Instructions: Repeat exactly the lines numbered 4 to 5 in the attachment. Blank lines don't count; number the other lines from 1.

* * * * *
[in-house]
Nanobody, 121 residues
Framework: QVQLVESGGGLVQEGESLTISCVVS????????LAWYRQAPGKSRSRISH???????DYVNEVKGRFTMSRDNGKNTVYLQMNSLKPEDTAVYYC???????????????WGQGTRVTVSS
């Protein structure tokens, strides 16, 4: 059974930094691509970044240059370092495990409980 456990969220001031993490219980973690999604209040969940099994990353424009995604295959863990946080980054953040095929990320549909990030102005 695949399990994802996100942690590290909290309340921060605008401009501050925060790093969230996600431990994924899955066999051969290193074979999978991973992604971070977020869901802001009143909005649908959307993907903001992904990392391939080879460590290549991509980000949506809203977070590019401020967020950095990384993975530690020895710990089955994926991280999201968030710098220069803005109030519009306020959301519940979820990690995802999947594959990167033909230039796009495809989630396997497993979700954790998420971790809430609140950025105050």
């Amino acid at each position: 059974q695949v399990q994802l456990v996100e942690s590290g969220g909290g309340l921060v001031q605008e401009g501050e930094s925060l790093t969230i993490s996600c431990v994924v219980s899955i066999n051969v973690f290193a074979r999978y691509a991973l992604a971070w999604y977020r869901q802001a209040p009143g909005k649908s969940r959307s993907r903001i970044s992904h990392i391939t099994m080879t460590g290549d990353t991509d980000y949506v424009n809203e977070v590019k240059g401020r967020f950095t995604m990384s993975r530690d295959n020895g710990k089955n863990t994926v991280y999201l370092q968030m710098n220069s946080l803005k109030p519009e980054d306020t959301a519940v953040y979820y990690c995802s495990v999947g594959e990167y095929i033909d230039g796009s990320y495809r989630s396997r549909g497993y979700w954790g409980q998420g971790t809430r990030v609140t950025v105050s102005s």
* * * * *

């Protein structure tokens, strides 16, 4: 059974930094691509970044240059370092495990409980 456990969220001031993490219980973690999604209040969940099994990353424009995604295959863990946080980054953040095929990320549909990030102005 695949399990994802996100942690590290909290309340921060605008401009501050925060790093969230996600431990994924899955066999051969290193074979999978991973992604971070977020869901802001009143909005649908959307993907903001992904990392391939080879460590290549991509980000949506809203977070590019401020967020950095990384993975530690020895710990089955994926991280999201968030710098220069803005109030519009306020959301519940979820990690995802999947594959990167033909230039796009495809989630396997497993979700954790998420971790809430609140950025105050």
């Amino acid at each position: 059974q695949v399990q994802l456990v996100e942690s590290g969220g909290g309340l921060v001031q605008e401009g501050e930094s925060l790093t969230i993490s996600c431990v994924v219980s899955i066999n051969v973690f290193a074979r999978y691509a991973l992604a971070w999604y977020r869901q802001a209040p009143g909005k649908s969940r959307s993907r903001i970044s992904h990392i391939t099994m080879t460590g290549d990353t991509d980000y949506v424009n809203e977070v590019k240059g401020r967020f950095t995604m990384s993975r530690d295959n020895g710990k089955n863990t994926v991280y999201l370092q968030m710098n220069s946080l803005k109030p519009e980054d306020t959301a519940v953040y979820y990690c995802s495990v999947g594959e990167y095929i033909d230039g796009s990320y495809r989630s396997r549909g497993y979700w954790g409980q998420g971790t809430r990030v609140t950025v105050s102005s």